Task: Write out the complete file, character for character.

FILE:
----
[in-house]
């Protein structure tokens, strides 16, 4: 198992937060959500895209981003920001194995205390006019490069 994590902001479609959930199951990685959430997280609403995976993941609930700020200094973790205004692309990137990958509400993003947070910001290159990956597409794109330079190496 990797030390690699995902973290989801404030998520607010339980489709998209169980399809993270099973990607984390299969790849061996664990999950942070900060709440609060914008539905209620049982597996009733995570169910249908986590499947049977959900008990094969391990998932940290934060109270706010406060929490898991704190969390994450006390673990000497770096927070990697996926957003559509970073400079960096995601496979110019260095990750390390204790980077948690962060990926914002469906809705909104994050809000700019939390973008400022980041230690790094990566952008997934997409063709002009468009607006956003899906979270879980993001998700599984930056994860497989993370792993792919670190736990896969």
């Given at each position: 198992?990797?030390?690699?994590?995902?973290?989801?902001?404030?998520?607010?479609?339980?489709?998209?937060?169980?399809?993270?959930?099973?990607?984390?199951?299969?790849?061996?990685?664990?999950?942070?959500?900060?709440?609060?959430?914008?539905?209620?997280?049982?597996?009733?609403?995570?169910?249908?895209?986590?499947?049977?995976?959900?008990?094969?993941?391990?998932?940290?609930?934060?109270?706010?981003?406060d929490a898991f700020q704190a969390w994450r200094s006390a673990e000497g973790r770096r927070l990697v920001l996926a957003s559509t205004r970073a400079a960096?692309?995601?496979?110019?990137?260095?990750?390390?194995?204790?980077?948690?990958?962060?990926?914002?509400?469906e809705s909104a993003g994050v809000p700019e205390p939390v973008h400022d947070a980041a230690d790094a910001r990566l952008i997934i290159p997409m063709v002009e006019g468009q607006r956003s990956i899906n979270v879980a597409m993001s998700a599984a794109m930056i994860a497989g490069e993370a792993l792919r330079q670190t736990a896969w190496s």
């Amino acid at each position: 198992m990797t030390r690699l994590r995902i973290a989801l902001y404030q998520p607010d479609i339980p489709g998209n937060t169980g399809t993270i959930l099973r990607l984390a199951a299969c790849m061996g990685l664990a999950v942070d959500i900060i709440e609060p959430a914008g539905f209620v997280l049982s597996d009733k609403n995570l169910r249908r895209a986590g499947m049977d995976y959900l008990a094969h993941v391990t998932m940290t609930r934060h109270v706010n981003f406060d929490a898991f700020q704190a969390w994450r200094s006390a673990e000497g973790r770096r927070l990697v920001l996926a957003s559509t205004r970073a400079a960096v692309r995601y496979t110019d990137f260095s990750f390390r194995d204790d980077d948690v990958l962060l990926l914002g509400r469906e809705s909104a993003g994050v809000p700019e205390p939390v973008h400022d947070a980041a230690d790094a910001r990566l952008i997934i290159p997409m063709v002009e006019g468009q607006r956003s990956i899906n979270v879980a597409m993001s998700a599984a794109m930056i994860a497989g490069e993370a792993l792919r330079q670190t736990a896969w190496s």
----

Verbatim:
[in-house]
């Protein structure tokens, strides 16, 4: 198992937060959500895209981003920001194995205390006019490069 994590902001479609959930199951990685959430997280609403995976993941609930700020200094973790205004692309990137990958509400993003947070910001290159990956597409794109330079190496 990797030390690699995902973290989801404030998520607010339980489709998209169980399809993270099973990607984390299969790849061996664990999950942070900060709440609060914008539905209620049982597996009733995570169910249908986590499947049977959900008990094969391990998932940290934060109270706010406060929490898991704190969390994450006390673990000497770096927070990697996926957003559509970073400079960096995601496979110019260095990750390390204790980077948690962060990926914002469906809705909104994050809000700019939390973008400022980041230690790094990566952008997934997409063709002009468009607006956003899906979270879980993001998700599984930056994860497989993370792993792919670190736990896969």
């Given at each position: 198992?990797?030390?690699?994590?995902?973290?989801?902001?404030?998520?607010?479609?339980?489709?998209?937060?169980?399809?993270?959930?099973?990607?984390?199951?299969?790849?061996?990685?664990?999950?942070?959500?900060?709440?609060?959430?914008?539905?209620?997280?049982?597996?009733?609403?995570?169910?249908?895209?986590?499947?049977?995976?959900?008990?094969?993941?391990?998932?940290?609930?934060?109270?706010?981003?406060d929490a898991f700020q704190a969390w994450r200094s006390a673990e000497g973790r770096r927070l990697v920001l996926a957003s559509t205004r970073a400079a960096?692309?995601?496979?110019?990137?260095?990750?390390?194995?204790?980077?948690?990958?962060?990926?914002?509400?469906e809705s909104a993003g994050v809000p700019e205390p939390v973008h400022d947070a980041a230690d790094a910001r990566l952008i997934i290159p997409m063709v002009e006019g468009q607006r956003s990956i899906n979270v879980a597409m993001s998700a599984a794109m930056i994860a497989g490069e993370a792993l792919r330079q670190t736990a896969w190496s």
């Amino acid at each position: 198992m990797t030390r690699l994590r995902i973290a989801l902001y404030q998520p607010d479609i339980p489709g998209n937060t169980g399809t993270i959930l099973r990607l984390a199951a299969c790849m061996g990685l664990a999950v942070d959500i900060i709440e609060p959430a914008g539905f209620v997280l049982s597996d009733k609403n995570l169910r249908r895209a986590g499947m049977d995976y959900l008990a094969h993941v391990t998932m940290t609930r934060h109270v706010n981003f406060d929490a898991f700020q704190a969390w994450r200094s006390a673990e000497g973790r770096r927070l990697v920001l996926a957003s559509t205004r970073a400079a960096v692309r995601y496979t110019d990137f260095s990750f390390r194995d204790d980077d948690v990958l962060l990926l914002g509400r469906e809705s909104a993003g994050v809000p700019e205390p939390v973008h400022d947070a980041a230690d790094a910001r990566l952008i997934i290159p997409m063709v002009e006019g468009q607006r956003s990956i899906n979270v879980a597409m993001s998700a599984a794109m930056i994860a497989g490069e993370a792993l792919r330079q670190t736990a896969w190496s």